The Supreme Court on Monday rejected a special leave petition which challenged the bifurcation of Andhra Pradesh into two States to form a separate and independent state of Telangana.
The apex court stated the plea against Telengana as “premature” and hence could not take a different stand which it had taken on February 7.
The petitions for the February 7 judgement were filed by TDP MLA L Payyavulu Keshav and others. The petitioners had contended that the process of bifurcation of the State into Telangana and Andhra Pradesh was unconstitutional. They voiced that the proposed division was in violation of the principle of federalism.
The division bench of justices H L Dattu and S A Bobde refused to accept the contention that the apex court can now indulge in the Andhra Pradesh Reorganisation Bill for the Parliament had not tabled the Bill ten days after the previous judgement.
"Parliament is seized of the Bill. This is not a time for court to look into it. We understand your point that it is introduced," the bench said.
The SLP filed by advocate P.V. Krishnaiah against a judgment of the Andhra Pradesh High Court rejecting his plea. Justice Dattu told the petitioner, who argued in person, that “It was still premature. We cannot go into it till the Andhra Pradesh Assembly takes a decision”. When the petitioner said that the High Court had dismissed the issue on merits, Justice Dattu said that the petitioner was at liberty to approach the appropriate forum after the AP Assembly took the decision on the Bill.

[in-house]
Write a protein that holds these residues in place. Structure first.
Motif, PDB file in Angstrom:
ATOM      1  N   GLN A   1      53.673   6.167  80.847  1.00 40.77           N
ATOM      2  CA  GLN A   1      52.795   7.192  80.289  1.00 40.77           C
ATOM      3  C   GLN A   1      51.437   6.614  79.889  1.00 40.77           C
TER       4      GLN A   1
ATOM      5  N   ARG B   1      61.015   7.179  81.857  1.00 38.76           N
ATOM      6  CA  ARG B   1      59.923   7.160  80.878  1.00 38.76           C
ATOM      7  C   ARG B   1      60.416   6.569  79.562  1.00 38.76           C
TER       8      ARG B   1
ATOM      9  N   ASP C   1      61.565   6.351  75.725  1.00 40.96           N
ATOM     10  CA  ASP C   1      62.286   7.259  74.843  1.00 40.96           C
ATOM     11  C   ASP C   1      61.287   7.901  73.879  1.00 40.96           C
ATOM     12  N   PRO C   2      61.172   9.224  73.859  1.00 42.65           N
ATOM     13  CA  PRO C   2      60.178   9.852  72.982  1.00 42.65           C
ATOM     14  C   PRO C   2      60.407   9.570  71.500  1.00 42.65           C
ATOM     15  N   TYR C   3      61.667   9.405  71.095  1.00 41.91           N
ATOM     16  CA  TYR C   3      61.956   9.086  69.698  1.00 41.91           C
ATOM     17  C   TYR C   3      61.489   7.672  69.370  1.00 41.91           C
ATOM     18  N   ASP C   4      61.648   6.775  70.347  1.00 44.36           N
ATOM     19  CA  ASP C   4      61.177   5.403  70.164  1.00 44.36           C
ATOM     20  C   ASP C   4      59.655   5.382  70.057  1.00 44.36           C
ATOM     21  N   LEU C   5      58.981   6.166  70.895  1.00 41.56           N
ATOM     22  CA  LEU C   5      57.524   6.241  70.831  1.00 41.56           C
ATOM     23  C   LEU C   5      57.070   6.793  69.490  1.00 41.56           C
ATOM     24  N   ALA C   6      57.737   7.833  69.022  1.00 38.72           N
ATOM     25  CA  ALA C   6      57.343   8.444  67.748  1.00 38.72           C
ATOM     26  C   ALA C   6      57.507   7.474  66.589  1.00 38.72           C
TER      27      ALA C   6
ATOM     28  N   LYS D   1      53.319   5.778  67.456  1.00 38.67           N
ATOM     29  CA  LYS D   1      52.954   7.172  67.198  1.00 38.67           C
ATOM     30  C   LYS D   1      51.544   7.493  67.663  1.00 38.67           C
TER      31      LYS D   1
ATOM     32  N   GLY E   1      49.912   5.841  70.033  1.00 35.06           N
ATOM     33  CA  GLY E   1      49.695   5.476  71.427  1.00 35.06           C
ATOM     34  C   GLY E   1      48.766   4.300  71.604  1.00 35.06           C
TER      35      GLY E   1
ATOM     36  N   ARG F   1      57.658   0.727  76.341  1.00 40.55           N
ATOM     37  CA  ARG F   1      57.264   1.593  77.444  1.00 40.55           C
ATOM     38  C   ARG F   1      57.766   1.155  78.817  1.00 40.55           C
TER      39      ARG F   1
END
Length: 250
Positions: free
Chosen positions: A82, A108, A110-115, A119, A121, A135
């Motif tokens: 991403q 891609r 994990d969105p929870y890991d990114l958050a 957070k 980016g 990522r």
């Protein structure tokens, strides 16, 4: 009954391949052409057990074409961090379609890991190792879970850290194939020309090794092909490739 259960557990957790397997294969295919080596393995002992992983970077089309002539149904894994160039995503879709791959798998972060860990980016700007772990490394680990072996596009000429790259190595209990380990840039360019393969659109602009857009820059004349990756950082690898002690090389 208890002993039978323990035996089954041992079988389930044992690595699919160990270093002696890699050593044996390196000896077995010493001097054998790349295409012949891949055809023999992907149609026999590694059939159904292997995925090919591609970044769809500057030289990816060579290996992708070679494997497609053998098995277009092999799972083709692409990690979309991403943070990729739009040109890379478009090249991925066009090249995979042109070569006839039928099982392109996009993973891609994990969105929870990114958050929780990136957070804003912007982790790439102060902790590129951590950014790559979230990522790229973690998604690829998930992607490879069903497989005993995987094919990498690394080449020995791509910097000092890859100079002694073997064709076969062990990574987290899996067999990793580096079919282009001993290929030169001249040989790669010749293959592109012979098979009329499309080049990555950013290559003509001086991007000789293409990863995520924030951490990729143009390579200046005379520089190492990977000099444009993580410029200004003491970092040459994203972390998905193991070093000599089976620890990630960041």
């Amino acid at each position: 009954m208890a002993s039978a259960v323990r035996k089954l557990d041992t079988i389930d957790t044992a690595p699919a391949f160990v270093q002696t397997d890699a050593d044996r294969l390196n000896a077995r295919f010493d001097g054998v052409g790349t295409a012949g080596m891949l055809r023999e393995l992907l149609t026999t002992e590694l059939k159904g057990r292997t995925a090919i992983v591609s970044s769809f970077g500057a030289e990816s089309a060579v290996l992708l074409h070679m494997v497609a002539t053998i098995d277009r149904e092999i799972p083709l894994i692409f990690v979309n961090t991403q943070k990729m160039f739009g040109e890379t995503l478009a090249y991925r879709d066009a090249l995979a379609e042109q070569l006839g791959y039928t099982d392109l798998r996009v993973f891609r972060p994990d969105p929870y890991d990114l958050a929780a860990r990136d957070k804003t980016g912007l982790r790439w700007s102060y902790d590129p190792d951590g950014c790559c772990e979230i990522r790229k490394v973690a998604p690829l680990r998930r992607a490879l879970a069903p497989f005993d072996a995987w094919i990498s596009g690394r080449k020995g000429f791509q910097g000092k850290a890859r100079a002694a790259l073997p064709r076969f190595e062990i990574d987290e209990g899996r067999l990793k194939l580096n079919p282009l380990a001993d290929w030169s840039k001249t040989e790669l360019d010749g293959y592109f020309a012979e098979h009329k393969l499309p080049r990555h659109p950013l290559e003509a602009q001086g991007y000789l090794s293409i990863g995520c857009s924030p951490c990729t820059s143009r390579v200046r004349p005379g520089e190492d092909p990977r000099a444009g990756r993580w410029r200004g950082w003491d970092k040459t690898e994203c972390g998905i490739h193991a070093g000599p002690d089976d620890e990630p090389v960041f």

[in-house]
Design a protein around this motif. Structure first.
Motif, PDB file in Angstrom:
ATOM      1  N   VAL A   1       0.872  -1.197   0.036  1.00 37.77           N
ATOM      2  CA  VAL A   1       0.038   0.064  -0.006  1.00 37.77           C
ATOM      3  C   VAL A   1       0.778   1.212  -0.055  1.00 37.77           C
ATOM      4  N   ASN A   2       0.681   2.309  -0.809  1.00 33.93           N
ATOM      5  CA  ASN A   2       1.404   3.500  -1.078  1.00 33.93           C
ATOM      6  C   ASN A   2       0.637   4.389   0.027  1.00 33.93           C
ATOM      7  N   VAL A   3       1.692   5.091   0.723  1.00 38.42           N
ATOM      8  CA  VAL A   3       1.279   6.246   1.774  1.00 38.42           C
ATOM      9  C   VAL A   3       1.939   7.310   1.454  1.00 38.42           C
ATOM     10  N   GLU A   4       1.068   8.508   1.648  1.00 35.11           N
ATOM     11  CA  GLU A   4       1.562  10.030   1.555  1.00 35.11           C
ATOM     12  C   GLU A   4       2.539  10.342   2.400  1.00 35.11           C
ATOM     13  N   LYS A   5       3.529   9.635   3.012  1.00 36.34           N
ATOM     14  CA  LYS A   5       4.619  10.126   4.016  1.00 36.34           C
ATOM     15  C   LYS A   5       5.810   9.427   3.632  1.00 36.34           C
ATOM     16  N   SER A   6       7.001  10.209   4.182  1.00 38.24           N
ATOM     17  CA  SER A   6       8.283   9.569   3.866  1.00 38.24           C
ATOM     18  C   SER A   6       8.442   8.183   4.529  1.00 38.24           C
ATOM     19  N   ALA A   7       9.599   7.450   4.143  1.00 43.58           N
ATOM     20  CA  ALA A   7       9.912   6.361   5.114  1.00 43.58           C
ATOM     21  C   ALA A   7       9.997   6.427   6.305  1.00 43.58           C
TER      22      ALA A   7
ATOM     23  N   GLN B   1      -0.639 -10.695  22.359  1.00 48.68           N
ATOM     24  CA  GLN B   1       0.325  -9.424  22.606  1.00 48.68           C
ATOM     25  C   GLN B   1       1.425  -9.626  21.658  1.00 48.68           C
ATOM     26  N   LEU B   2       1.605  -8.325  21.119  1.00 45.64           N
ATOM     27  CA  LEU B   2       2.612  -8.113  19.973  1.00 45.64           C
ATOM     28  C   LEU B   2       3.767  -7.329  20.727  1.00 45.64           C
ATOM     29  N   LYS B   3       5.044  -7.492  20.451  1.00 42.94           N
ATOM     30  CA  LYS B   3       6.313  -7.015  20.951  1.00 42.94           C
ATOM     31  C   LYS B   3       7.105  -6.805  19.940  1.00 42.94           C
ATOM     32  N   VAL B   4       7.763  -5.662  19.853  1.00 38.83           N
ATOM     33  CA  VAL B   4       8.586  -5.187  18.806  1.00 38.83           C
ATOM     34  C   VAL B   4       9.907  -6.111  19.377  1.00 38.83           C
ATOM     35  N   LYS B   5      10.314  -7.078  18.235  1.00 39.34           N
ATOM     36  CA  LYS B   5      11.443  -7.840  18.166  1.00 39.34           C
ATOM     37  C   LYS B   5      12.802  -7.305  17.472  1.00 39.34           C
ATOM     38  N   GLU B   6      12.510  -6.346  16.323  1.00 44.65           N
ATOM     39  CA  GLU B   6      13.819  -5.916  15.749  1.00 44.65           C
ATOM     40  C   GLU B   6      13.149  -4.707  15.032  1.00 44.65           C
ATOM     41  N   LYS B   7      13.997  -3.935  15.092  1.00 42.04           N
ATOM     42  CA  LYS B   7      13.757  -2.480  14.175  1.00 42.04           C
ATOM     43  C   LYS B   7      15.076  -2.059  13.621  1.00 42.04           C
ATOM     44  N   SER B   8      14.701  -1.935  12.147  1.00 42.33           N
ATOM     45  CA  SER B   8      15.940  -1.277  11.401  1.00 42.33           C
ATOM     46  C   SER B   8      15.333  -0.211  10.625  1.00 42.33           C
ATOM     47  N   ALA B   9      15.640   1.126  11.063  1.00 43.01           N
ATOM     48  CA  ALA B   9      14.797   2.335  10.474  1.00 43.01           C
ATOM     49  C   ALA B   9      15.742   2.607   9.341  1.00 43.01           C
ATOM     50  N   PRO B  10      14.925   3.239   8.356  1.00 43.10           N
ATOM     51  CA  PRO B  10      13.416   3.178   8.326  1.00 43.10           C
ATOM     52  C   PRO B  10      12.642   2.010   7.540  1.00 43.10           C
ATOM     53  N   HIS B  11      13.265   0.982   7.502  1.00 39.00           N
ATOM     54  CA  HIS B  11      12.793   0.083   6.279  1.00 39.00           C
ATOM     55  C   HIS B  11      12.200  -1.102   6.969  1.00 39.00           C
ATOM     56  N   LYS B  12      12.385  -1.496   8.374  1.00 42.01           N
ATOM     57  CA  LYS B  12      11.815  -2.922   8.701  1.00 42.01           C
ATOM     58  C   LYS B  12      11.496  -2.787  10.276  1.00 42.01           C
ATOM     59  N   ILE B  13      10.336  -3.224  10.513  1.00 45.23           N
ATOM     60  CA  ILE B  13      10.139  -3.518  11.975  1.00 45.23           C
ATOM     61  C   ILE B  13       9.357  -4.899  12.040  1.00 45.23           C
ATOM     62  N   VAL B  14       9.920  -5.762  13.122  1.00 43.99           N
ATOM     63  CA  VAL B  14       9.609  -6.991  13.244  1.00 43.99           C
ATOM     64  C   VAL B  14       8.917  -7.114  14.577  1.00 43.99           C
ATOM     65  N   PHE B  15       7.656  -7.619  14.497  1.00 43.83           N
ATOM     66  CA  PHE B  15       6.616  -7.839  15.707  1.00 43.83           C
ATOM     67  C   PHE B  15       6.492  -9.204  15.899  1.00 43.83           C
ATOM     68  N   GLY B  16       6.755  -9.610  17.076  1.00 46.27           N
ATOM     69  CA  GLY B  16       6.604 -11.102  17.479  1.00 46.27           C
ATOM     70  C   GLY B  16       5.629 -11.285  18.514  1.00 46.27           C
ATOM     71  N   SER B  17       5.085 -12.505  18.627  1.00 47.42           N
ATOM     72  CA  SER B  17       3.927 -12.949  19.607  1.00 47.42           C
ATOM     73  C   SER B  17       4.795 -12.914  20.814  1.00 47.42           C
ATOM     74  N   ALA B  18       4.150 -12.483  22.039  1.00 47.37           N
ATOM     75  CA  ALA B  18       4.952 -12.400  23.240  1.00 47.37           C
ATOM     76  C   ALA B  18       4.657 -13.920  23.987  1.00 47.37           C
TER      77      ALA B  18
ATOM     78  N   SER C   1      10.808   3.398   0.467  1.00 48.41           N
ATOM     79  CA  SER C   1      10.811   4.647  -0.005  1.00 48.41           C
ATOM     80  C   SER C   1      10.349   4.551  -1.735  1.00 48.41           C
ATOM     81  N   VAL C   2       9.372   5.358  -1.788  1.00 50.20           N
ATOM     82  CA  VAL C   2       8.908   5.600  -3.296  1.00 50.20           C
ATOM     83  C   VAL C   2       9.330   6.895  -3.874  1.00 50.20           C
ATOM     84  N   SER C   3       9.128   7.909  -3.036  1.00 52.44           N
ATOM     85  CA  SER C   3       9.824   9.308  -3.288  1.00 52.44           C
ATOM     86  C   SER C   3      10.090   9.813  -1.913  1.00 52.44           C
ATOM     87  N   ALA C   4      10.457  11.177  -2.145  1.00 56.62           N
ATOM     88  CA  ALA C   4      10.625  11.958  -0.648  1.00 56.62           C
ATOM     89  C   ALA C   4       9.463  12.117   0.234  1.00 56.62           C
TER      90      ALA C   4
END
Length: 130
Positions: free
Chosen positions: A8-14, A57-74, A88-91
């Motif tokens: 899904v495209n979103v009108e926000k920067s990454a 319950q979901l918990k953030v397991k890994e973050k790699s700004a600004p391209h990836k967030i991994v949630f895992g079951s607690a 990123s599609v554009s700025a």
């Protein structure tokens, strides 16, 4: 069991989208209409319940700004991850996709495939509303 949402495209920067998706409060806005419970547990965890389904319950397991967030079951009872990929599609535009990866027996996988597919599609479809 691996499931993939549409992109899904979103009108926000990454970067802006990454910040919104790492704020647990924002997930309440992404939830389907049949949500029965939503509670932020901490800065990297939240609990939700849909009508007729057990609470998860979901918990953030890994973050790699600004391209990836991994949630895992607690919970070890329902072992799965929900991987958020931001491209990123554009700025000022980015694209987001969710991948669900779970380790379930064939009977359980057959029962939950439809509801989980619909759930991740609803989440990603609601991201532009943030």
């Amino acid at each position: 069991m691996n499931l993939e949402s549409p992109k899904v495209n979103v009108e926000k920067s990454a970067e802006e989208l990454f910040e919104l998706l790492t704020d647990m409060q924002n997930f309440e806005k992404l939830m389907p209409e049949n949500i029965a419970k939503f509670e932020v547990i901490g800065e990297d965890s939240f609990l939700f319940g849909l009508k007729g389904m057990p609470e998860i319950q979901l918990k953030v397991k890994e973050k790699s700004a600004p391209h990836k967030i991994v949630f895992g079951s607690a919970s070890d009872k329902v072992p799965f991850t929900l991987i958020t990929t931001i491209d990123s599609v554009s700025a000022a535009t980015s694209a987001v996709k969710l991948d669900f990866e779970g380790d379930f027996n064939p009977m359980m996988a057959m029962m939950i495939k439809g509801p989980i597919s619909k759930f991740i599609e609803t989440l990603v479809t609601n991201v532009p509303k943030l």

In his petition, Mr. Krishnaiah said that the State of Andhra Pradesh was formed merging Andhra state and part of Hyderabad State i.e., Telangana region on November 1, 1956. The request for formation of a separate Telangana was rejected in 1969 and 1972 and the Constitution was amended in 1973 inserting Article 371(D) to provide local reservations for candidates in employment and education to avoid regional imbalances. He said that the Centre does not have the authority under Article 3 to divide a State.
However, the bench said, "This point was covered on that day (February 7) in nine petitions. We cannot take different stand and different view now."
On February 7, the apex court, had declined to stay the tabling of the Bill and referred to its earlier order of November 18,2013, when it had said that it was premature at that time to hear any petition relating to the against to the bifurcation of Andhra Pradesh.
"We do not see any change in the stage between November 18, 2013 and today (February 7). So we decline to interfere at this stage," the bench had said.
However, it mentioned that writ petitions can be considered to be heard at an appropriate stage by the court.